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Cover of Harmonization of Cognitive Measures in Individual Participant Data and Aggregate Data Meta-Analysis

Harmonization of Cognitive Measures in Individual Participant Data and Aggregate Data Meta-Analysis

Methods Research Reports

Investigators: , PhD, , PhD, , PhD, , PhD, , PhD, , PhD, , PhD, , and , PhD.

Author Information
Rockville (MD): Agency for Healthcare Research and Quality (US); .
Report No.: 13-EHC040-EF

Structured Abstract

Objectives:

The aim of this study was to identify approaches to statistical harmonization which could be used in the context of summary data and/or individual participant data meta-analysis of cognitive measures and to apply and evaluate these different approaches to cognitive measures from three studies.

Data Sources:

MEDLINE®, Embase, Web of Science and MathSciNet with a supplemental search using the Google search engine. The references of relevant articles were also checked and a search for more recent articles that cited the articles already identified as being of interest was undertaken.

Review methods:

A two-pronged approach was taken for this environmental scan. First, a search of studies that quantitatively combined data on cognition was conducted. The second component was to identify general literature on statistical methods for data harmonization. Standard environmental scan methods were used to conduct these reviews. The search results were rapidly screened to identify articles of relevance to this review. The references of relevant articles were checked and a search for more recent articles that cited the articles already identified as being of interest was undertaken.

Results:

Three general classes of statistical harmonization models were identified: (1) standardization methods (e.g., simple linear-, Z-transformations, T-scores, and C-scores); (2) latent variable models; and (3) multiple imputation models. Cross-sectional data from three studies including 9,269 participants were included in the applied analyses to examine the relationship between physical activity and cognition. A harmonization process was undertaken to determine the combinability of data across studies. The latent variable analysis underscored the difficulty harmonizing these cognition data. In general consistency was found among the statistical harmonization methods; however, there was some evidence that heterogeneity can be masked when specific standardization methods were used.

Conclusions:

This study provides empirical evidence to inform methods of combining complex constructs using aggregate data (AD) or individual participant data meta-analysis. The results underscore that very careful consideration of inferential equivalence needs to be undertaken prior to combining cognition data across studies. Of the three methods of statistical harmonization for cognition data, T-score standardization is the least desirable compared with the centered score method or latent variable methods. Finally, assessment of the assumptions underlying statistical harmonization is not possible without some individual-level data which are required to assess the potential for bias in combining complex outcomes using AD meta-analysis.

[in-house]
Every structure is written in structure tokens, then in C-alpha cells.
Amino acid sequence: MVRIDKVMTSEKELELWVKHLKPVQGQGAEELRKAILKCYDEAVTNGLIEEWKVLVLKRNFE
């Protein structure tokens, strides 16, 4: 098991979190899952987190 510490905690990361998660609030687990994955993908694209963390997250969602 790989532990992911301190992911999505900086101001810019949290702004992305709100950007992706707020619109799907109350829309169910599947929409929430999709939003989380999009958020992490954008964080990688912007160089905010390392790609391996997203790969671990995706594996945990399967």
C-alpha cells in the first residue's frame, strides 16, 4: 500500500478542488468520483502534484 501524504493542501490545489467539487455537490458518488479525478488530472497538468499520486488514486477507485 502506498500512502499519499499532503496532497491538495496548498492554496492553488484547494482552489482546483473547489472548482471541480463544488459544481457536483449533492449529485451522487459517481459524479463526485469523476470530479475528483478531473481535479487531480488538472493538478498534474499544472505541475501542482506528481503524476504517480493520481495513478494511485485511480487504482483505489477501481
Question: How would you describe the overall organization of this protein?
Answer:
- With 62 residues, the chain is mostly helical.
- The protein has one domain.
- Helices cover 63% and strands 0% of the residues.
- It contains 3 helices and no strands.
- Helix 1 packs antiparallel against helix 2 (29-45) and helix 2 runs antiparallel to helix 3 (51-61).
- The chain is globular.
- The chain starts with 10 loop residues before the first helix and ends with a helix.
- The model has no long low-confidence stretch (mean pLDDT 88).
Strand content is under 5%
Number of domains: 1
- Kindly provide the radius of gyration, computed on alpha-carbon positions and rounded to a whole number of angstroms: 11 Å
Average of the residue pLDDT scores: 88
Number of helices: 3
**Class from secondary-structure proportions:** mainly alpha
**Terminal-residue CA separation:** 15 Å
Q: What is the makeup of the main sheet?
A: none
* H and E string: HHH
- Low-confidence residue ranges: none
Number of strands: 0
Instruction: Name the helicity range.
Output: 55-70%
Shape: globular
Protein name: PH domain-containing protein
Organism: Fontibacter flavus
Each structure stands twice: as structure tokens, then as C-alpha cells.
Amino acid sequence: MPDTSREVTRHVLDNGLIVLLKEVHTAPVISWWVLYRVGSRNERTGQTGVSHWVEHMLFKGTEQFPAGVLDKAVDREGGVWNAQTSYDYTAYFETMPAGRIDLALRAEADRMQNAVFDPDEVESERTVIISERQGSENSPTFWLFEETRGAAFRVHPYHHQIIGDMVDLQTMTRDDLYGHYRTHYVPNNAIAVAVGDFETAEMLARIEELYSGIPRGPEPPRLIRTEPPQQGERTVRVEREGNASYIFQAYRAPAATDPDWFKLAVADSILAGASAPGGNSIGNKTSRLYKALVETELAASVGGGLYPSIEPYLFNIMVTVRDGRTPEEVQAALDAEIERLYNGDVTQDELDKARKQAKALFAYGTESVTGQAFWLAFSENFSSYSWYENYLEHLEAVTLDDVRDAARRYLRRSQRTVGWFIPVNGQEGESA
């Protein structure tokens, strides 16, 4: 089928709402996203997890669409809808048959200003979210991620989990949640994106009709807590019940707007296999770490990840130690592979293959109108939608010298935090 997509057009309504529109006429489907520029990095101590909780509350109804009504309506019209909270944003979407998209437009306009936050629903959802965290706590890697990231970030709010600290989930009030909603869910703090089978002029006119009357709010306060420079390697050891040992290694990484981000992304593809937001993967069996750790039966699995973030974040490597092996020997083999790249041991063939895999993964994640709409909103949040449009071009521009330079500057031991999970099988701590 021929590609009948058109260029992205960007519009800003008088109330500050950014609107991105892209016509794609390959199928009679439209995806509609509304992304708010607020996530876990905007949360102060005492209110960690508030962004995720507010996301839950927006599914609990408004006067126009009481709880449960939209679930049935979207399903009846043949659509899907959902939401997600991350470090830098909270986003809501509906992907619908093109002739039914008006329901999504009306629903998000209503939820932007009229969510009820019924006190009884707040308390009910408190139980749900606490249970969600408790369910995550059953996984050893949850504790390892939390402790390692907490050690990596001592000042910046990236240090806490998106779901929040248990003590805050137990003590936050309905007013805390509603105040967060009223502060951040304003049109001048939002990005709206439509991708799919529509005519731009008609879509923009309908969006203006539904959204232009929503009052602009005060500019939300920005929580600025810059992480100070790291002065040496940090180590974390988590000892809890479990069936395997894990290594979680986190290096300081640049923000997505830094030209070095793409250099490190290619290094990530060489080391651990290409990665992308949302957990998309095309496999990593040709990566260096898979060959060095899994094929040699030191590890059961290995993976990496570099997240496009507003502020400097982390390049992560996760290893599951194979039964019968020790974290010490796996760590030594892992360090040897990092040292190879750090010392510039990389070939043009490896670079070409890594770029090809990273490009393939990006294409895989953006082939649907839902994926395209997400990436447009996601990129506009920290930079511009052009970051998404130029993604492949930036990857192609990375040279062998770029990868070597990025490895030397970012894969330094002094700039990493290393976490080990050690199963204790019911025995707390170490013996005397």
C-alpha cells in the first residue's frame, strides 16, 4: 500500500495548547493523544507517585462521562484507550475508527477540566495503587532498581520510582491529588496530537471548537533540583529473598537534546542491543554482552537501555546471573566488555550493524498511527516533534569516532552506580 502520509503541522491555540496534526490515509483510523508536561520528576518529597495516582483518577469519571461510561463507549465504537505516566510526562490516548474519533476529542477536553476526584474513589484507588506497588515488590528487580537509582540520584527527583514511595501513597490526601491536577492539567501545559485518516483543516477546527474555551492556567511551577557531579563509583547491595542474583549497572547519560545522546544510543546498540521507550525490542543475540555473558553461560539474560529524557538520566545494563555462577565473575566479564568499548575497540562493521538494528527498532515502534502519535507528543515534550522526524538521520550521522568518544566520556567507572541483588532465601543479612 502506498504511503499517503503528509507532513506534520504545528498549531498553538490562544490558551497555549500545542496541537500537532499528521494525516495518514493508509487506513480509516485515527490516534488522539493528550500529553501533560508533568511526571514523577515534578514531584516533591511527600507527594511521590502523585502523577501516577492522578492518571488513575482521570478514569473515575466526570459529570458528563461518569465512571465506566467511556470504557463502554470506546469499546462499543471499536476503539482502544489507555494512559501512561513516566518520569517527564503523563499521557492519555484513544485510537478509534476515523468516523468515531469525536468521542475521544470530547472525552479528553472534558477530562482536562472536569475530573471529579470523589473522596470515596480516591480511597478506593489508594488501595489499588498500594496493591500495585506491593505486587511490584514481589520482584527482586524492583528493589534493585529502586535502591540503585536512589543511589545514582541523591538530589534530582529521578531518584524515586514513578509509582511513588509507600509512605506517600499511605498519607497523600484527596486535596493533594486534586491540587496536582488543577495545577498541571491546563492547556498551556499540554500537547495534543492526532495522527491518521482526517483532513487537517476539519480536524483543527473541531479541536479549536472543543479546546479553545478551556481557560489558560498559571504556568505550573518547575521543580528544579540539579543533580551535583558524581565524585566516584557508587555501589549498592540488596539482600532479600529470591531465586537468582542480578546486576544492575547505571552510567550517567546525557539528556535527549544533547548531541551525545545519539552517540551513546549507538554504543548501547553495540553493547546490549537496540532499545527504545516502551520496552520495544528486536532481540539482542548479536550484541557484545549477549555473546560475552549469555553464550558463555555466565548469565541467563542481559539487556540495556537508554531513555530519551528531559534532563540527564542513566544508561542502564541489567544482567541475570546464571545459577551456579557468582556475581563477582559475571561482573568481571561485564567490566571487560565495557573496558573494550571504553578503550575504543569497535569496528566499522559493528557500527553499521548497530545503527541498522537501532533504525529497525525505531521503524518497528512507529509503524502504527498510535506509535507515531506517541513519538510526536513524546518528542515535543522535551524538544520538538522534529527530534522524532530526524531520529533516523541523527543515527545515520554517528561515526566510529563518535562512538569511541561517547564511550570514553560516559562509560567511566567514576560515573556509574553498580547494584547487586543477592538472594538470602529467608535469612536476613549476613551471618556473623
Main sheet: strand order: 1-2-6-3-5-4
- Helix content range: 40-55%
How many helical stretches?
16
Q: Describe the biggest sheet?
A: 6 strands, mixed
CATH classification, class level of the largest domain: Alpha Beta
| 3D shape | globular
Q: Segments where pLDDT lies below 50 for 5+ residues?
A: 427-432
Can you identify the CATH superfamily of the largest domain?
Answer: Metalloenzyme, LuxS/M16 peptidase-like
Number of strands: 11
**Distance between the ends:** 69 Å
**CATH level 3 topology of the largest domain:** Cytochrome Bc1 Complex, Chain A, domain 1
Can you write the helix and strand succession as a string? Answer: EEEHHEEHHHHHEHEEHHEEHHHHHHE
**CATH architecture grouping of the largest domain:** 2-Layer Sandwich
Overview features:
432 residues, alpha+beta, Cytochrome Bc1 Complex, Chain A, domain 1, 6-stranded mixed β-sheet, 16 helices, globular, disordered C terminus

Contents

Prepared for: Agency for Healthcare Research and Quality, U.S. Department of Health and Human Services1, Contract No. 290-2007-10060-I, Prepared by: McMaster University Evidence-based Practice Center, Hamilton, Ontario, Canada

Suggested citation:

Griffith L, van den Heuvel E, Fortier I, Hofer S, Raina P, Sohel N, Payette H, Wolfson C, Belleville S. Harmonization of Cognitive Measures in Individual Participant Data and Aggregate Data Meta-Analysis. Methods Research Report. (Prepared by the McMaster University Evidence-based Practice Center under Contract No. 290-2007-10060-I.) AHRQ Publication No.13-EHC040-EF. Rockville, MD: Agency for Healthcare Research and Quality; March 2013. www.effectivehealthcare.ahrq.gov/reports/final.cfm.

This report is based on research conducted by the McMaster University Evidence-based Practice Center (EPC) under contract to the Agency for Healthcare Research and Quality (AHRQ), Rockville, MD (Contract No. 290-2007-10060-I). The findings and conclusions in this document are those of the authors, who are responsible for its contents; the findings and conclusions do not necessarily represent the views of AHRQ. Therefore, no statement in this report should be construed as an official position of AHRQ or of the U.S. Department of Health and Human Services.

The information in this report is intended to help health care decisionmakers—patients and clinicians, health system leaders, and policymakers, among others—make well-informed decisions and thereby improve the quality of health care services. This report is not intended to be a substitute for the application of clinical judgment. Anyone who makes decisions concerning the provision of clinical care should consider this report in the same way as any medical reference and in conjunction with all other pertinent information, i.e., in the context of available resources and circumstances presented by individual patients.

This report may be used, in whole or in part, as the basis for development of clinical practice guidelines and other quality enhancement tools, or as a basis for reimbursement and coverage policies. AHRQ or U.S. Department of Health and Human Services endorsement of such derivative products may not be stated or implied.

None of the investigators have any affiliations or financial involvement that conflicts with the material presented in this report.

1

540 Gaither Road, Rockville, MD 20850; www​.ahrq.gov

Bookshelf ID: NBK132553PMID: 23617017

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